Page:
Barriers to Birth Control Remain 43 Years After Griswold

Nancy Ratzan

It's time to base our nation's family planning policy on the broad consensus Americans have developed in support of access to contraception. Our government's hostility to birth control must end before another Griswold anniversary comes and goes.

On June 7, 1965, the Supreme Court
ruled in Griswold v. Connecticut that married women have a constitutional
right of privacy to use birth control. Incredibly, forty-three years
later, we are still fighting for access to birth control, and in many
cases we are losing this battle. The Bush administration put the
nation’s largest federal family planning program in the hands of the
anti-family planning activist, Dr. Susan Orr. Her appointment symbolizes
the Bush Administration’s ideological warfare against providing accurate
contraceptive education and publicly funded family planning programs.
Dr. Orr once equated a mandate for contraception insurance coverage
to forcing private employers "to make a choice between serving
God and serving…government." While she resigned in May, her policies

It defies logic, science, and
public opinion that more than four decades after Griswold, access
to contraception for married and unmarried women is still elusive. Only
41 percent of women who depend on publicly funded family planning clinics
get the assistance they need from these clinics. And the need for publicly
funded family planning services among the nation’s poorest women continues
to grow. To address this enormous need, the National Council of Jewish Women launched Plan A: NCJW’s
Campaign for Contraceptive Access
on the 2007 anniversary of the
decision. Our Plan A seeks to educate and empower individuals
to advocate for women’s universal access to contraceptive information
and health services. Now, one year later, is a good time to take stock
of just how far we all have yet to go in making birth control accessible
to all American women.NCJW's Plan A Campaign

Fifty percent of all pregnancies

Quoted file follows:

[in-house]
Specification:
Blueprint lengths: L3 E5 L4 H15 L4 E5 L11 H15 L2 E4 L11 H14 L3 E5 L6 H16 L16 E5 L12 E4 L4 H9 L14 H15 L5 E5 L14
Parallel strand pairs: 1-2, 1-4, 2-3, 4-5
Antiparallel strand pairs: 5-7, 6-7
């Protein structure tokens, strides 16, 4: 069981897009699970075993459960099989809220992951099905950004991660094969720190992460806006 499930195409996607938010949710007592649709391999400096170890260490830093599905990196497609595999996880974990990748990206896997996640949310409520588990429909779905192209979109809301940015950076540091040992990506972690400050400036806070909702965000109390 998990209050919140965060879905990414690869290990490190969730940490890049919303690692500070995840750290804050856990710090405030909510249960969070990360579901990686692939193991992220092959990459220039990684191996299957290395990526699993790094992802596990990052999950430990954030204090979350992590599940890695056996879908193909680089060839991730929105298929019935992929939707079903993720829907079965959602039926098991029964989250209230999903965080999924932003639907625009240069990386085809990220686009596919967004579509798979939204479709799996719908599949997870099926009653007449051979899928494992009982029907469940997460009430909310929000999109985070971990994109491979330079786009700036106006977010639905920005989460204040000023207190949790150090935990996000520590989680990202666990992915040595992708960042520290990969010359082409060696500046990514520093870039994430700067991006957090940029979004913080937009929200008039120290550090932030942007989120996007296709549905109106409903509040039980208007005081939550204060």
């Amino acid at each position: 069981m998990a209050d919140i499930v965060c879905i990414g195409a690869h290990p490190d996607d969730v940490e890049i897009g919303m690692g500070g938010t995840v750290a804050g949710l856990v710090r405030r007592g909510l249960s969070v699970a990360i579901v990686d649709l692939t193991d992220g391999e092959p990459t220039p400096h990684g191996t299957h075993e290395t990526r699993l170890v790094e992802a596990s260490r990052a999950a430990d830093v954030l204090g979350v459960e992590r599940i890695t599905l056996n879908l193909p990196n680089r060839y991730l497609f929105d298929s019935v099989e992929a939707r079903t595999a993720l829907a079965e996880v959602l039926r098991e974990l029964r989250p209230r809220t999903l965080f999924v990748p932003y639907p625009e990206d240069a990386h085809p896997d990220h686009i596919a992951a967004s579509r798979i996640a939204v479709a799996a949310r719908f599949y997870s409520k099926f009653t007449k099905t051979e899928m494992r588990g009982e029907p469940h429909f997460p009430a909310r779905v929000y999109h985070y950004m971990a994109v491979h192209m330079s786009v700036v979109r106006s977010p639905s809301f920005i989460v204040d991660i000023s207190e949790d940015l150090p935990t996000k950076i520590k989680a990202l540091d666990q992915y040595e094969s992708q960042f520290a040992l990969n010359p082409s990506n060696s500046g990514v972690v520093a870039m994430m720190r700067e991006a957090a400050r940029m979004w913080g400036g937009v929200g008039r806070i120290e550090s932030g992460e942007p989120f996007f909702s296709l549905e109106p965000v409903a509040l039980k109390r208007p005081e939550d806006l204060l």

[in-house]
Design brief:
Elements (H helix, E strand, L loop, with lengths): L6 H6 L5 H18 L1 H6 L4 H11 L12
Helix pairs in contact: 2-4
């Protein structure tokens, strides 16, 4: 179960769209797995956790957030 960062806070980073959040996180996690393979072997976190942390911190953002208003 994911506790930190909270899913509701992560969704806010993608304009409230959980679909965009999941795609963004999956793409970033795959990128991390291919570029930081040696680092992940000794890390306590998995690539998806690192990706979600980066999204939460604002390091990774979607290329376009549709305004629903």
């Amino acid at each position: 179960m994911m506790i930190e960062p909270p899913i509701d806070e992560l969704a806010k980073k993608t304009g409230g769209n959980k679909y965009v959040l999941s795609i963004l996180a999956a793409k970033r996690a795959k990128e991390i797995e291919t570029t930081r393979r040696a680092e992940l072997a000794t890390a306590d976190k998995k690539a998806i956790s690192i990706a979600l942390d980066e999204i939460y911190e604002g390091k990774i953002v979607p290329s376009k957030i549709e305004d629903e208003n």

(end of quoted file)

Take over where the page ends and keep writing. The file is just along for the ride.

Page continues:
are still unintended, as are a staggering 82 percent of teenage pregnancies.
Title X, Dr. Orr’s program, is the only hope for 17 million women
in need of publicly funded family planning services – a figure that
rises with the number of uninsured women. Yet in real dollars, Title
X funding is 63 percent lower than in 1980. Now at $300 million, it
would need $759 million annually to keep pace with need and inflation.

Middle class women are more likely
to have access one way or another to contraception, but it’s not as
easy or affordable as it should be
. Even those with health insurance
find their health plans still often fail to pay for birth control. Only
27 states require inclusion of the full range of FDA-approved contraceptive
drugs and devices if an insurer otherwise covers prescription drugs.
Of these, 19 states allow some employers to opt out of such coverage,
mostly for religious reasons. Religion won’t get you off the hook
for paying for workers’ compensation or unemployment insurance, but
it can exempt you from treating contraception equally with, say, sports

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For young women, women outside
major metropolitan areas, and lower income women, it’s even more difficult.
More than one-third of teenaged girls become pregnant at least once
before they turn 20. Poor women are four times more likely to have an
unwanted pregnancy, five times as likely to bear a child they didn’t
intend to have, and more than four times as likely to have an abortion
compared to other women. And the situation is not improving. Since 1994,
unwanted pregnancies among low-income women have increased by nearly
one-third, while rates among higher-income women have decreased by 20

Access to the full range of contraceptive
options is essential to women achieving social, political, and economic
equality, to say nothing of its importance to the well-being of children
and families. And Americans get it. In fact, 89 percent of voters support
government funding for birth control programs. The critical role contraception
plays in public health has been widely accepted for the 43 years since
proclaimed that birth control is a constitutionally protected
right, yet the federal government has been acting as if they
are no more than debatable tenets.

It’s time once again to base
our nation’s family planning policy on the broad consensus Americans
have developed and stop imposing an ideological agenda unsupported by
facts. Plan A seeks increased funding of Title X for fiscal year 2009
as an important first step, along with federal, state, and local policies
that expand access to birth control, not restrict it. Our government’s
hostility to birth control must end before another Griswold
anniversary comes and goes.

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